Now, the sixth generation of the S-Class comes with a new generation of the Distronic Plus system, which is has the Steering Assist and Stop&Go Pilot subsystems. Meaning that the machine uses a 3D camera to track the car in front and control the acceleration and direction. The result is an autopilot system that can easily steer the car without the driver having his hands on the wheel, can keep a safe distance from the car in front at speeds up to 200 km / h in urban traffic with multiple stops, and starts without the driver touching the brake or accelerator. In addition, the Stop & Go Pilot subsystem handles the automatic engine stopping and starting at traffic lights.

Mercedes-Benz S-Klasse (W 222) 2013
When there is no car in front, the recognition of the traffic signs system prevents the exceeding of the legal speed limits.

In other words, the car is capable of driving on its own.

6. Infrared lights

The new S-Class headlights contain two infrared light sources that illuminate the way to provide visual data for the Night View Assist Plus system. The old S-Class had this system as well, only now it can be also used in urban areas.

Mercedes-Benz S-Klasse (W 222) 2013
Why would you need the infrared? Well, for the driver to have much more graphic visuals when driving at night on an unlit road. Appear on the screen behind the wheel video provided by two infrared cameras that detect humans and animals to warn the driver of their presence. Moreover, one of the two infrared cameras is able to provide data on temperature of the front and a special module built in lights warn pedestrians near the machine.

7. Two TFT screens with a 30.7 cm diagonal

The car’s interior is visually airy, most information is provided to driver by means of the two TFT screens, which dominate the dashboard.

Mercedes-Benz S-Klasse, S 400 HYBRID (W 222) 2013
One of these screens is used to display the speedometer, rev counter, night images provided by the infrared cameras and other important information for the driver. The second monitor deals with displaying the data from the multimedia system, map navigation and car settings.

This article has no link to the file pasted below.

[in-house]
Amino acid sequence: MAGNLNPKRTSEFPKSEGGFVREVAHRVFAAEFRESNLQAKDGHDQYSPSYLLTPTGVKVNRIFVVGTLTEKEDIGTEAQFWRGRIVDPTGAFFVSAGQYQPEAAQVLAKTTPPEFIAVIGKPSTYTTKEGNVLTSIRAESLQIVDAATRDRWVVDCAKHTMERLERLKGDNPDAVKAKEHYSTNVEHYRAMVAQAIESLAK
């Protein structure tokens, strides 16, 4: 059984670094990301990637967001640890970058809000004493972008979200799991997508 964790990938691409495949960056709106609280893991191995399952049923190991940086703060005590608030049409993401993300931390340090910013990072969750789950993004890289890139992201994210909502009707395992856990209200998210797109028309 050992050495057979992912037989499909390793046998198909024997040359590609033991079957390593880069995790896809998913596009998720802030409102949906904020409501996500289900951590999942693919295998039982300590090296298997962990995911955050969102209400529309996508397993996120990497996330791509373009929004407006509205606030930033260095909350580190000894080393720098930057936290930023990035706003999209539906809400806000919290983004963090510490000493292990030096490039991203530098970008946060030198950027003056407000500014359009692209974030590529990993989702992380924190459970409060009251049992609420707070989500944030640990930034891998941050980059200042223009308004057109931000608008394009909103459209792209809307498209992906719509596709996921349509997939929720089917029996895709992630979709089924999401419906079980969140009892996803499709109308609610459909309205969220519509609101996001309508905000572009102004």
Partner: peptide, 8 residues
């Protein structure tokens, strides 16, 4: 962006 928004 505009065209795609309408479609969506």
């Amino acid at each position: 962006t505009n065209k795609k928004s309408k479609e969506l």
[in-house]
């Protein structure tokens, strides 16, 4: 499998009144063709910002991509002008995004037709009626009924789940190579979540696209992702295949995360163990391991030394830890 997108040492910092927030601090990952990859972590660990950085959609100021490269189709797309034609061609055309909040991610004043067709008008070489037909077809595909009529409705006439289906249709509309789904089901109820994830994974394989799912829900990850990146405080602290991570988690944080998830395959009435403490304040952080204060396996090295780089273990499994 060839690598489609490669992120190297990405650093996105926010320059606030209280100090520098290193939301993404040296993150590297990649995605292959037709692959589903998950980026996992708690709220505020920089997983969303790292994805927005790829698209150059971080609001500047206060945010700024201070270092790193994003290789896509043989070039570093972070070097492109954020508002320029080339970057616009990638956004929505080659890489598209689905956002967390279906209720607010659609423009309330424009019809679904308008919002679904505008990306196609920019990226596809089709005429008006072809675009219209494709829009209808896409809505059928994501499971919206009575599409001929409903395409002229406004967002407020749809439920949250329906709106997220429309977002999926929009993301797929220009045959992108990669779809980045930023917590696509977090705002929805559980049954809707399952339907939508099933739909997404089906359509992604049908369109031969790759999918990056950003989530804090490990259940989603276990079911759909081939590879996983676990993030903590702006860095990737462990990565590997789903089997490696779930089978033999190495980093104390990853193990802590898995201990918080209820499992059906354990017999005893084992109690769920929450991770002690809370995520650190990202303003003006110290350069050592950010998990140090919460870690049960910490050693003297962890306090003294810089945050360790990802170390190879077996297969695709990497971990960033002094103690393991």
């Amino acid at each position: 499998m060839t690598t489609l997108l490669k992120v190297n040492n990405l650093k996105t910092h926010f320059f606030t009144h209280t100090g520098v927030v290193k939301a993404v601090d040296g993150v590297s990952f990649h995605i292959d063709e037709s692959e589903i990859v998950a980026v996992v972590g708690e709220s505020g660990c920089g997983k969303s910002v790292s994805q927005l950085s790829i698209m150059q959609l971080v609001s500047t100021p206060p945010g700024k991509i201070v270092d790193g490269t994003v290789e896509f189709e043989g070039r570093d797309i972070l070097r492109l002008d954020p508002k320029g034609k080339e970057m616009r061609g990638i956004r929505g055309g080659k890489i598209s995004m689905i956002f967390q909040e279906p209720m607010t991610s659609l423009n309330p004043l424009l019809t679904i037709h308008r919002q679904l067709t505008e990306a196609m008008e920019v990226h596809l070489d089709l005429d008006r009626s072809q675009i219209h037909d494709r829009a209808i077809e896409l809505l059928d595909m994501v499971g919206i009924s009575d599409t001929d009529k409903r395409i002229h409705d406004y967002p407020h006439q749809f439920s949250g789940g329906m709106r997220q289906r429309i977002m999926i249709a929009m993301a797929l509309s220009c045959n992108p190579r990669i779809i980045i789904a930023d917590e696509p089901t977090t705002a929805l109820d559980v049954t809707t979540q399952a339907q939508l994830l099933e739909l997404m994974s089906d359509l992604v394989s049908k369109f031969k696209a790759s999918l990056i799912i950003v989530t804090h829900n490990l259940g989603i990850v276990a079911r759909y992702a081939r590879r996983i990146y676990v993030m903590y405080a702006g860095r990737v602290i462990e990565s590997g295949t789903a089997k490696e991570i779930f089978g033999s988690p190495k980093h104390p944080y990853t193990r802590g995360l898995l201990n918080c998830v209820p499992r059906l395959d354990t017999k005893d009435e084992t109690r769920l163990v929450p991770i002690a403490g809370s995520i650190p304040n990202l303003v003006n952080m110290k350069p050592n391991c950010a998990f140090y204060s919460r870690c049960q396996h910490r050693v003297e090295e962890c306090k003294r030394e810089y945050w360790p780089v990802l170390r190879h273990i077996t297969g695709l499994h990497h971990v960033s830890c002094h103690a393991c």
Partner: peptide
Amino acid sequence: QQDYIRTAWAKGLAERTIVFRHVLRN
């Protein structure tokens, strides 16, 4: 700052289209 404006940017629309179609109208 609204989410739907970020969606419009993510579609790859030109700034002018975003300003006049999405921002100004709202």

8. Continuous beam headlights

The Adaptive High Beam Assist Plus system in the new S-Class can maintain the road lights on continuously, without dazzling oncoming traffic.

Mercedes-Benz S-Klasse (W 222) 2013
This is possible through the masking, directly from the headlights, of the cars coming from the opposite direction. This way, the driver no longer has to shift between headlight-range.

9. Detection of accidents

Mercedes-Benz S-Class W222 has the automatic BAS Plus with Cross-Traffic Assist braking system. Essentially these two systems can detect a potential accident and automatically brake the car to avoid the accident.

Of course, such systems are fairly common on new cars today. Even Volkswagen up! has it. The innovation of the sixth generation of the S-Class is, however, the detection of possible side collisions, not just frontal, through the cameras and radars by providing a complete, 360 degree image of the car.

Mercedes-Benz S-Klasse (W 222) 2013
In a straight line, the system is operating at any speed, and at intersections the speed drops to about 72 km / h. If the car senses that an accident is likely to occur, it will prompt the driver by visual and audible warnings and if the driver does not brake enough, the system automatically increases the braking force to avoid collision.

10. The first production car with conventional bulbs

The new Mercedes-Benz S-Class is the first car in the world that does not have even one conventional bulb, either filament or economically. Instead, engineers chose to use almost 500 LEDs to illuminate the road, the interior and the car itself.

Mercedes-Benz S-Klasse, (W 222), 2012
Of the nearly 500 LEDs, 56 are used for each light individually, 35 for each stop lamp and about 300 for interior lighting including ambient lighting. And speaking of lights, the taillights of the new S-Class automatically adjust their intensity not to blind those behind the car waits at traffic lights, for example.

Leave a Reply